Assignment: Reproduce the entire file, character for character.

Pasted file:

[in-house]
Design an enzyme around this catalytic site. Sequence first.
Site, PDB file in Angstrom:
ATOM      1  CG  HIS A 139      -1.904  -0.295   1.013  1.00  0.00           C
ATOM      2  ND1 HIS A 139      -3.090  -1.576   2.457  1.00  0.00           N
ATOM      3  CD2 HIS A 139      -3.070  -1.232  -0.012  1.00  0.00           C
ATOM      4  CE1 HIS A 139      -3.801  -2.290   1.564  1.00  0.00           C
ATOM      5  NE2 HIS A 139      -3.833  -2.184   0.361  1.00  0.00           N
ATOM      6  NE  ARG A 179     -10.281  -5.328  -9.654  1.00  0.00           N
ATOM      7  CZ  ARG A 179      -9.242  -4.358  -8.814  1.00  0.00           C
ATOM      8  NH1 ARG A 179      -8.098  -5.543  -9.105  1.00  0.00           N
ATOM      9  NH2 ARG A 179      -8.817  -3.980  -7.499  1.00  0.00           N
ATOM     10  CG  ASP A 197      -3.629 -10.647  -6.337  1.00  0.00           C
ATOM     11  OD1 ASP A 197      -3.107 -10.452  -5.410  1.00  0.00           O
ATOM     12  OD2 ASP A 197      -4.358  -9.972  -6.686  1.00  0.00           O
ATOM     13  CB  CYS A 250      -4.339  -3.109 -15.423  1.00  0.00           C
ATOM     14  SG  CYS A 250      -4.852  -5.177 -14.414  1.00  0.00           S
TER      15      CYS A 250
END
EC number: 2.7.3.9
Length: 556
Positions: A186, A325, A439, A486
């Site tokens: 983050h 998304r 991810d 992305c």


[in-house]
Design an enzyme around this catalytic site. Sequence first.
Site, PDB file in Angstrom:
ATOM      1  CG  HIS A 139      -1.904  -0.295   1.013  1.00  0.00           C
ATOM      2  ND1 HIS A 139      -3.090  -1.576   2.457  1.00  0.00           N
ATOM      3  CD2 HIS A 139      -3.070  -1.232  -0.012  1.00  0.00           C
ATOM      4  CE1 HIS A 139      -3.801  -2.290   1.564  1.00  0.00           C
ATOM      5  NE2 HIS A 139      -3.833  -2.184   0.361  1.00  0.00           N
ATOM      6  NE  ARG A 179     -10.281  -5.328  -9.654  1.00  0.00           N
ATOM      7  CZ  ARG A 179      -9.242  -4.358  -8.814  1.00  0.00           C
ATOM      8  NH1 ARG A 179      -8.098  -5.543  -9.105  1.00  0.00           N
ATOM      9  NH2 ARG A 179      -8.817  -3.980  -7.499  1.00  0.00           N
ATOM     10  CG  ASP A 197      -3.629 -10.647  -6.337  1.00  0.00           C
ATOM     11  OD1 ASP A 197      -3.107 -10.452  -5.410  1.00  0.00           O
ATOM     12  OD2 ASP A 197      -4.358  -9.972  -6.686  1.00  0.00           O
ATOM     13  CB  CYS A 250      -4.339  -3.109 -15.423  1.00  0.00           C
ATOM     14  SG  CYS A 250      -4.852  -5.177 -14.414  1.00  0.00           S
TER      15      CYS A 250
END
EC number: 2.7.3.9
Length: 556
Positions: A186, A325, A439, A486
């Site tokens: 983050h 998304r 991810d 992305c």